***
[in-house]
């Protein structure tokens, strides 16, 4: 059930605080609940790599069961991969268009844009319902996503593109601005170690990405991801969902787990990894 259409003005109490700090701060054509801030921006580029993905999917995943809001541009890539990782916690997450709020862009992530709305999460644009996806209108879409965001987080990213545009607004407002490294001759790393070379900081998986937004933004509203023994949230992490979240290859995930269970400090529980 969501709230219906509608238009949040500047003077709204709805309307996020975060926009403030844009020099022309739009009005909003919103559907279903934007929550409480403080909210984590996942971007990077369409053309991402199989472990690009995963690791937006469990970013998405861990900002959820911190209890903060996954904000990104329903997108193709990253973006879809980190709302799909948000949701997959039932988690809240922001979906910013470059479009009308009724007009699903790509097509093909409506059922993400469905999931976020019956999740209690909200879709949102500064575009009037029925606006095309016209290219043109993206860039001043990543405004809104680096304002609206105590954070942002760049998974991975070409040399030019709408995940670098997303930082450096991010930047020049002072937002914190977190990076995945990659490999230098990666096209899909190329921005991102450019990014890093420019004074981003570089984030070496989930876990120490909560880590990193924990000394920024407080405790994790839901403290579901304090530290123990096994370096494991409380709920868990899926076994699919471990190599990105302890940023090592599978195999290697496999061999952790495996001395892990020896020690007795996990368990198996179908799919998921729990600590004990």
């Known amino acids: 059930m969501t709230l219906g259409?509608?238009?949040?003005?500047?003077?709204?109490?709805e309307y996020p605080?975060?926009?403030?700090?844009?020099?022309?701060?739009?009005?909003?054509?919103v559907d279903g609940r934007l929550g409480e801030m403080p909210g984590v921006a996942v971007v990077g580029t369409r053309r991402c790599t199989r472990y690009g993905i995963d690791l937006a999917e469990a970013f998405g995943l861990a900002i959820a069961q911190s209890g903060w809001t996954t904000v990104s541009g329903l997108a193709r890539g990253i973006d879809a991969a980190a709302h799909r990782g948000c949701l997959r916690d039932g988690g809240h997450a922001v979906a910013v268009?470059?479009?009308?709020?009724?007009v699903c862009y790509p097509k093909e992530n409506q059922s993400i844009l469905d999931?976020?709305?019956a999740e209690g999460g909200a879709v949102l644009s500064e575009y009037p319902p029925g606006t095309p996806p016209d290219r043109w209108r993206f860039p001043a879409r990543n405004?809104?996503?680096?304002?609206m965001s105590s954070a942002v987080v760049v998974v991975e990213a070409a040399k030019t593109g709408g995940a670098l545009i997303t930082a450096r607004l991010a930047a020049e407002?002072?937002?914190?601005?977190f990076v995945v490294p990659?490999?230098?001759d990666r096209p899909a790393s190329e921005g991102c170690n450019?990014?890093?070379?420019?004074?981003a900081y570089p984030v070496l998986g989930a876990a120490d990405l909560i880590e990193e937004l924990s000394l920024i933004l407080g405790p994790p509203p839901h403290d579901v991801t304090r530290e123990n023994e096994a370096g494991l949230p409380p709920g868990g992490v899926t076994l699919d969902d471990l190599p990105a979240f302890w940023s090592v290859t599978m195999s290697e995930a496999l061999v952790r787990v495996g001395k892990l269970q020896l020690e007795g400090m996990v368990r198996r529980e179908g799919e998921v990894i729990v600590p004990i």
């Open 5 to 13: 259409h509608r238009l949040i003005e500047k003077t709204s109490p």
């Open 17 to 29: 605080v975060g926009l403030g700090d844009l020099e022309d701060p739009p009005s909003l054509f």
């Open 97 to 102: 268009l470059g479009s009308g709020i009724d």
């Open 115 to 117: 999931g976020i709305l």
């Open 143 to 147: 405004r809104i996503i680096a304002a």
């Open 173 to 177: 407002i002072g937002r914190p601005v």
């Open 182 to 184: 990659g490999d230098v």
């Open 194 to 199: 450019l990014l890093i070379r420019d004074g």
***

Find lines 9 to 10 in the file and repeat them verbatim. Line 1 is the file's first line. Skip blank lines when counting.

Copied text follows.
């Open 173 to 177: 407002i002072g937002r914190p601005v």
């Open 182 to 184: 990659g490999d230098v």